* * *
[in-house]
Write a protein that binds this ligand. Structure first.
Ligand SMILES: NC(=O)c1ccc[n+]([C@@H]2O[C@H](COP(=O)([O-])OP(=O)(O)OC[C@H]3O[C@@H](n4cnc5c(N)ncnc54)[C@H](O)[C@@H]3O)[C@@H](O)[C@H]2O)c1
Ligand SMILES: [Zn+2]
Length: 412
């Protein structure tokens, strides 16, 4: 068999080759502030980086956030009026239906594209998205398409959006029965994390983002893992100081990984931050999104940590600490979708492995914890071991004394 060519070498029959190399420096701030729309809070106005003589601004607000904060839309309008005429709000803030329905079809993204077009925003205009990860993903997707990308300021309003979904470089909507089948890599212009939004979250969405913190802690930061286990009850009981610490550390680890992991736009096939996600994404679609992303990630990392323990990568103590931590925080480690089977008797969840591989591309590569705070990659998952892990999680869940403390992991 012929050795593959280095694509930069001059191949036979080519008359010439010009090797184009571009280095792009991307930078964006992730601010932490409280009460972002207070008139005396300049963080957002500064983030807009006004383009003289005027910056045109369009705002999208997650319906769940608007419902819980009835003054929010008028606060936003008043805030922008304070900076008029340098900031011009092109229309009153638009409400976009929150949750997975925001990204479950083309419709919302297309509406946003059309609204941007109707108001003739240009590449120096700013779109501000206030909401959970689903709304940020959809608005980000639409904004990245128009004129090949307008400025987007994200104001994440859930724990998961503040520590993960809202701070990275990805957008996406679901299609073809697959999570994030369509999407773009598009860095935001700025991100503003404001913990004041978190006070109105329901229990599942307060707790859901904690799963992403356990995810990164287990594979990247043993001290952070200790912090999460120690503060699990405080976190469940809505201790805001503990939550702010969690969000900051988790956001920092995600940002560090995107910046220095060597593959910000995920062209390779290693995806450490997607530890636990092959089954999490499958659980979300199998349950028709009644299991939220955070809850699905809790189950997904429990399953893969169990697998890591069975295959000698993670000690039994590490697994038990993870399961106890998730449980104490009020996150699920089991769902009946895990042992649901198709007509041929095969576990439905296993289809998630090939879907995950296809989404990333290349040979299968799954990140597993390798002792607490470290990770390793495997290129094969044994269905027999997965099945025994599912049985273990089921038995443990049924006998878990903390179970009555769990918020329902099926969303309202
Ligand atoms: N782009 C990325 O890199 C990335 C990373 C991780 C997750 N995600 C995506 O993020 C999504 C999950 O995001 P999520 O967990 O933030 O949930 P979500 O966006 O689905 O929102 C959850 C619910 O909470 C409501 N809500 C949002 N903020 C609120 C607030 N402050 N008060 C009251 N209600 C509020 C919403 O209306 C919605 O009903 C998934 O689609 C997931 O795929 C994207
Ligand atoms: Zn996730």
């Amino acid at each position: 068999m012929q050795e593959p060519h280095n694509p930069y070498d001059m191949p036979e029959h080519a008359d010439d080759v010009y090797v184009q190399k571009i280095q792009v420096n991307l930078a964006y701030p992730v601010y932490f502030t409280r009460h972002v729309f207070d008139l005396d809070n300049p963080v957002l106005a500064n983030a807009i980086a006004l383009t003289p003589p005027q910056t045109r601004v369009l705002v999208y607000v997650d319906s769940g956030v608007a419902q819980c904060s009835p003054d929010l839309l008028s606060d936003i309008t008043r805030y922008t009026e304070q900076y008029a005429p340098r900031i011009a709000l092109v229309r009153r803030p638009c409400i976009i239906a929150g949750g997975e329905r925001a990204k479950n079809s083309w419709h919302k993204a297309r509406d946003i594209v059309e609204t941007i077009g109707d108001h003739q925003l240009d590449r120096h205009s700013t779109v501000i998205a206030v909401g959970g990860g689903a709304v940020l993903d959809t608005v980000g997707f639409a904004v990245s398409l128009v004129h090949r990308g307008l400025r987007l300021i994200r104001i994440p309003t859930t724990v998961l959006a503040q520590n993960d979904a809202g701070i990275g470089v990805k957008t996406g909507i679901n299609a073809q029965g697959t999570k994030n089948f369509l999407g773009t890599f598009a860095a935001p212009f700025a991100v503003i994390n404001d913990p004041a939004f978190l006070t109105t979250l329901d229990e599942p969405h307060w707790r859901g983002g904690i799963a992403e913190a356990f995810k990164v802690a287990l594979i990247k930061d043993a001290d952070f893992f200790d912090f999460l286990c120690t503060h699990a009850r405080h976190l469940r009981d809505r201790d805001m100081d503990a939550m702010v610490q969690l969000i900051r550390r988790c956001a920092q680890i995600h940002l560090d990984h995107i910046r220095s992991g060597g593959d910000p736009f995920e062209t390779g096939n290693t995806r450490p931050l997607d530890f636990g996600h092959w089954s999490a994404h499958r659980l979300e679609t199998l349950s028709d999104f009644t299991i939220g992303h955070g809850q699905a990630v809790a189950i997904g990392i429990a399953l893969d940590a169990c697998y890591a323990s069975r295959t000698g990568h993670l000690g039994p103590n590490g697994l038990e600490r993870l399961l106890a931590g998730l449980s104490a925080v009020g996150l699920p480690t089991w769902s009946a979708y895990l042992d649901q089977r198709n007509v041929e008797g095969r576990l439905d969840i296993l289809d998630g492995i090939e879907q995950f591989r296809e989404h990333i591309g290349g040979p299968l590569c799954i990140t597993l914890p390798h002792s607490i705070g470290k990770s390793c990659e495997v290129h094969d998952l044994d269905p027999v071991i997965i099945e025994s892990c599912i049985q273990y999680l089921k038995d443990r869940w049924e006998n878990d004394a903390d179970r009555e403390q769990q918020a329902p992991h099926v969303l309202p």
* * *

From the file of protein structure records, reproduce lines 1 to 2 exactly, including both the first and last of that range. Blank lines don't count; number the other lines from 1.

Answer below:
[in-house]
Write a protein that binds this ligand. Structure first.